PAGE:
Find out more and begin your application.

Encryption and its role in data security

Businesses have always relied on data but as we gather more and more information, it’s created a situation where the security of the data is just as important as the info itself.  Recent changes to UK and EU law have meant that data security is at the front of many people’s minds, particularly for confidential or sensitive data that some businesses need. The financial penalties for non-compliance also mean companies are no longer rejecting data encryption options based on cost, but are assessing them for the risk they help mitigate.

Encryption is simply the process of taking readable information using an encryption key to alter it into what appears to be gibberish. The encryption key both encodes at the sender’s machine and decodes at the recipients, and without it the message should be useless.

Why is encryption vital for all organisations?

Leaving data unencrypted on your network is an open invitation to cybercriminals, and one that could potentially bankrupt your business. But hackers can’t profit from data they can’t read. As a result, more organisations and individuals are using encryption to protect sensitive data stored on computers, servers and mobile devices like phones or tablets.

While the primary purpose of encryption is to protect the confidentiality of digital data stored on computer systems or transmitted via the internet or any other computer network, when implemented properly, it can also:

 

  1. Improve security
    While we can take measures to protect IT systems and computers with firewalls and anti-virus software, these aren’t infallible against determined cyber attackers. Encryption rounds out your security arsenal by not only protecting data whilst in transit – when it’s at its most vulnerable – but also for other types of attacks, as managing to steal encrypted data is a lot of effort for very little gain, as the data is almost useless without the encryption key.
  2. Maintain data integrity
    Encryption also helps to reduce fraud by preventing data from being adjusted by unauthorised people. Hackers may not want to steal the info, but instead alter contact details or security questions, to allow another accomplice to phone up, be able to answer security questions and then commit fraud. Encrypted data could be adjusted, but once decoded, the alterations would be apparent and highlighted for fraud.
  3. Help compliance
    A key principle of the GDPR is that you process personal data securely by means of ‘appropriate technical and organisational measures’ and – where appropriate – look to use methods such as pseudonymisation (the practice of replacing identifying data with artificial values) and encryption. It’s therefore important that an organisation’s IT, security and legal teams work together to define what data their business needs to store, where it needs to be stored and the level of encryption that’s going to be used.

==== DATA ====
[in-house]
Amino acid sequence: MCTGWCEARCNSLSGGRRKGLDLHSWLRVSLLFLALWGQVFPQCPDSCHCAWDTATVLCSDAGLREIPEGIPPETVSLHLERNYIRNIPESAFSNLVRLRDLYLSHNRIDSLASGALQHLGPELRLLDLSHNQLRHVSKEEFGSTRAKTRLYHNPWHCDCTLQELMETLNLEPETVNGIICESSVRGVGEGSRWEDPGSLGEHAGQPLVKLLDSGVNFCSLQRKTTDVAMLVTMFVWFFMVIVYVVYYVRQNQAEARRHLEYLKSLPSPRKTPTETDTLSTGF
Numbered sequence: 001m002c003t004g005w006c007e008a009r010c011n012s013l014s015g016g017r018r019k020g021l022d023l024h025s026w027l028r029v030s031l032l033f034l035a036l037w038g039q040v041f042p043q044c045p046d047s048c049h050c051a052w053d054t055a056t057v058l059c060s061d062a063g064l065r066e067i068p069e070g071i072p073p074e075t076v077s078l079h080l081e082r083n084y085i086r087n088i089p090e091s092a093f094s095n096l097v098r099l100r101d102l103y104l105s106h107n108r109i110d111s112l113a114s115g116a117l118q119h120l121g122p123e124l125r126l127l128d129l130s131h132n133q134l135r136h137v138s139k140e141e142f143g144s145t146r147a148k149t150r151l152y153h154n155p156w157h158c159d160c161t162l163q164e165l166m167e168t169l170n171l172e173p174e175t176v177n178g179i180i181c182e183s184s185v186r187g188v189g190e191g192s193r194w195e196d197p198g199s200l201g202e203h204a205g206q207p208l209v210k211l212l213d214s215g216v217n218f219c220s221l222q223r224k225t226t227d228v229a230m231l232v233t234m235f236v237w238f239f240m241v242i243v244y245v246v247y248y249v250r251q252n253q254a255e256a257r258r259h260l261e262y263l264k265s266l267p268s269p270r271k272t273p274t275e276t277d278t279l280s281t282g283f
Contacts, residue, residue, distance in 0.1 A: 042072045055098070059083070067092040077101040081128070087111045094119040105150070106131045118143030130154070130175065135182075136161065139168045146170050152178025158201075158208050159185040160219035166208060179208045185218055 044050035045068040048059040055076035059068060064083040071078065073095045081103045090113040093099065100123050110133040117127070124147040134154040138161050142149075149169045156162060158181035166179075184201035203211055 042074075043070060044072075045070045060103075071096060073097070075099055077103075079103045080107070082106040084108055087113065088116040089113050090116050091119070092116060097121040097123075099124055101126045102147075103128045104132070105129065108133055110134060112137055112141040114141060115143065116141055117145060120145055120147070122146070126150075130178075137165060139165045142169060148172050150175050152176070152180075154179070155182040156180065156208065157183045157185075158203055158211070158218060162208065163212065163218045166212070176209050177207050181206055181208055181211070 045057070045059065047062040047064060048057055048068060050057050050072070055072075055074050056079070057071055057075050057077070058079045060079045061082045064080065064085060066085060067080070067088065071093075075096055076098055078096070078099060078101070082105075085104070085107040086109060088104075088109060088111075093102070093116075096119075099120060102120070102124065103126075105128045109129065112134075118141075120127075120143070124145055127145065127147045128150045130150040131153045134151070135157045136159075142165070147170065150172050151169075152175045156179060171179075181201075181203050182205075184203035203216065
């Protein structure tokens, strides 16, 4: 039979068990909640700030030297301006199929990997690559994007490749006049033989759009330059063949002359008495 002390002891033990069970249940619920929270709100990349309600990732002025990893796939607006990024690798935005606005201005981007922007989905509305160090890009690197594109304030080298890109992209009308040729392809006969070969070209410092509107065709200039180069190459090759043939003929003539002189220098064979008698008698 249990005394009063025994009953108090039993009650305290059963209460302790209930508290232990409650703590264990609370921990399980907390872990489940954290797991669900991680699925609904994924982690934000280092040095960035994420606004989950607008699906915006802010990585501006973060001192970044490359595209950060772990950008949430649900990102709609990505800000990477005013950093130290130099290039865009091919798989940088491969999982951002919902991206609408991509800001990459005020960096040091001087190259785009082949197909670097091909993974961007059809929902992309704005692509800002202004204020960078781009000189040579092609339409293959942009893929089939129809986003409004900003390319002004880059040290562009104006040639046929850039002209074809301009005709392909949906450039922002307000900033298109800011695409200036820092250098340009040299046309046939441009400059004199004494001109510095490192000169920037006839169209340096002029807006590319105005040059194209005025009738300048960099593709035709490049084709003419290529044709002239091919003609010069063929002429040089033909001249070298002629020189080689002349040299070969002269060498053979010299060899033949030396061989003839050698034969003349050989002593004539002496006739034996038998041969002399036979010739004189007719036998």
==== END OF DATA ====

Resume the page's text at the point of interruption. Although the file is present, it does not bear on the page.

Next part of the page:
4. Protect data across devices
    Mobiles and devices such as laptops, iPads and home computers are a big part of our lives and transferring data from device to device is a risky proposition. Encryption technology can help protect stored data across all devices, even during transfer.
  5. Protect privacy and increase customer trust
    Sensitive customer details, such as bank records, credit card numbers or order histories are simply expected these days to remain secure. Customers who don’t believe their information is safe are unlikely to allow businesses to use it, preventing them from collecting payments or processing orders.  Encryption can be used to protect sensitive data, including personal information for individuals, helping to ensure anonymity and privacy, and increasing customer trust.

 

But while encryption is the most effective form of data security, on the whole it is still woefully underutilised. One reason for this may be that demand for computer science skills far outstrips the supply of qualified graduates.

The University of York’s MSc Computer Science with Cyber Security online Masters programme is designed to advance computational thinking; software development skills and develop a broad-based knowledge of computer science to equip working professionals and graduates for a range of positions in software and web development, IT systems, support and programming. The 100% online programme allows you to study around your existing work and home commitments, at different times and locations, and has six start dates a year. There is a pay-per-module option available, and students may be eligible for a government backed postgraduate loans which cover the cost of the course.

Find out more and begin your application.

What is forensic readiness and why is it so important?

Digitisation offers businesses a huge number of benefits, but at the same time can increase the risk of cyberattacks or security breaches. As well as protecting the business, forensic readiness is becoming a focus for many, as a way of collecting, protecting and analysing legally admissible evidence following security investigations, whether this is to internal processes, tribunals or even the courts. The challenge for companies is making sure the company can maximise its digital evidence without investigations costing large amounts or having an undue impact on the business.

Most companies understand why disaster recovery and business continuity plans are important, but forensic readiness is treated as a lower priority and only taken seriously after an incident – and even then, many times without process. In a recent survey, nearly half of company executives stated they don’t conduct forensic readiness tests and a third don’t understand their role in cyber response plans.